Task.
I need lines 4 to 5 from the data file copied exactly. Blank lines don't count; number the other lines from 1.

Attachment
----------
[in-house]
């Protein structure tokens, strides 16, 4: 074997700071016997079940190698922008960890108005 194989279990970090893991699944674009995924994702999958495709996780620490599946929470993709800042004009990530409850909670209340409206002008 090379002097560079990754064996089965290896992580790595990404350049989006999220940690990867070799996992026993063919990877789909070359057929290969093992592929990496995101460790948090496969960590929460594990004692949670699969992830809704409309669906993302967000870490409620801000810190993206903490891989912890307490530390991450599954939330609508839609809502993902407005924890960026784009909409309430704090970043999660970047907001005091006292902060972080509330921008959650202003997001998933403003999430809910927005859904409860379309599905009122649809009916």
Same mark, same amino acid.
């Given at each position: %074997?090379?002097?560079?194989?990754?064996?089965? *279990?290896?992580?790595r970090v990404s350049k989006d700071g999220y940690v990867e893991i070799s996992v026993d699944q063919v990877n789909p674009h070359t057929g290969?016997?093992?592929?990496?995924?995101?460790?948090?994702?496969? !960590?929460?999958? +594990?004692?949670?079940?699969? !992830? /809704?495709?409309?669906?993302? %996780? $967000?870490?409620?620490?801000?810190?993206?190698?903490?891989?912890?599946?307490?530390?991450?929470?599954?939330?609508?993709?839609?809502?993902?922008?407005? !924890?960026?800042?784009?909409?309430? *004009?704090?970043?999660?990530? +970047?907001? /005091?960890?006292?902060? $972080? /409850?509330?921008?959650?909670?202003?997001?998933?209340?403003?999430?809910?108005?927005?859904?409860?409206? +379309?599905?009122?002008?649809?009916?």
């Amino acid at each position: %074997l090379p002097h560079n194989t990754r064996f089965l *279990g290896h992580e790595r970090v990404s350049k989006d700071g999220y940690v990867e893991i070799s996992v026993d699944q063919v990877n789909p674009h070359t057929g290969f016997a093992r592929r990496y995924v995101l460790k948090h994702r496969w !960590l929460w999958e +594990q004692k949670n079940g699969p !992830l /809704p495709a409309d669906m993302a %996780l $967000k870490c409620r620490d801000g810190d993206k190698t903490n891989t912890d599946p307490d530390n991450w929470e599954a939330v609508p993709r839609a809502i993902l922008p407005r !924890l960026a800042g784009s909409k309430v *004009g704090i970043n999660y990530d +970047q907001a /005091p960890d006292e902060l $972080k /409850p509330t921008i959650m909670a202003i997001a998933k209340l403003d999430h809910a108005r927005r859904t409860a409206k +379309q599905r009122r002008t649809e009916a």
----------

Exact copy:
């Given at each position: %074997?090379?002097?560079?194989?990754?064996?089965? *279990?290896?992580?790595r970090v990404s350049k989006d700071g999220y940690v990867e893991i070799s996992v026993d699944q063919v990877n789909p674009h070359t057929g290969?016997?093992?592929?990496?995924?995101?460790?948090?994702?496969? !960590?929460?999958? +594990?004692?949670?079940?699969? !992830? /809704?495709?409309?669906?993302? %996780? $967000?870490?409620?620490?801000?810190?993206?190698?903490?891989?912890?599946?307490?530390?991450?929470?599954?939330?609508?993709?839609?809502?993902?922008?407005? !924890?960026?800042?784009?909409?309430? *004009?704090?970043?999660?990530? +970047?907001? /005091?960890?006292?902060? $972080? /409850?509330?921008?959650?909670?202003?997001?998933?209340?403003?999430?809910?108005?927005?859904?409860?409206? +379309?599905?009122?002008?649809?009916?």
């Amino acid at each position: %074997l090379p002097h560079n194989t990754r064996f089965l *279990g290896h992580e790595r970090v990404s350049k989006d700071g999220y940690v990867e893991i070799s996992v026993d699944q063919v990877n789909p674009h070359t057929g290969f016997a093992r592929r990496y995924v995101l460790k948090h994702r496969w !960590l929460w999958e +594990q004692k949670n079940g699969p !992830l /809704p495709a409309d669906m993302a %996780l $967000k870490c409620r620490d801000g810190d993206k190698t903490n891989t912890d599946p307490d530390n991450w929470e599954a939330v609508p993709r839609a809502i993902l922008p407005r !924890l960026a800042g784009s909409k309430v *004009g704090i970043n999660y990530d +970047q907001a /005091p960890d006292e902060l $972080k /409850p509330t921008i959650m909670a202003i997001a998933k209340l403003d999430h809910a108005r927005r859904t409860a409206k +379309q599905r009122r002008t649809e009916a």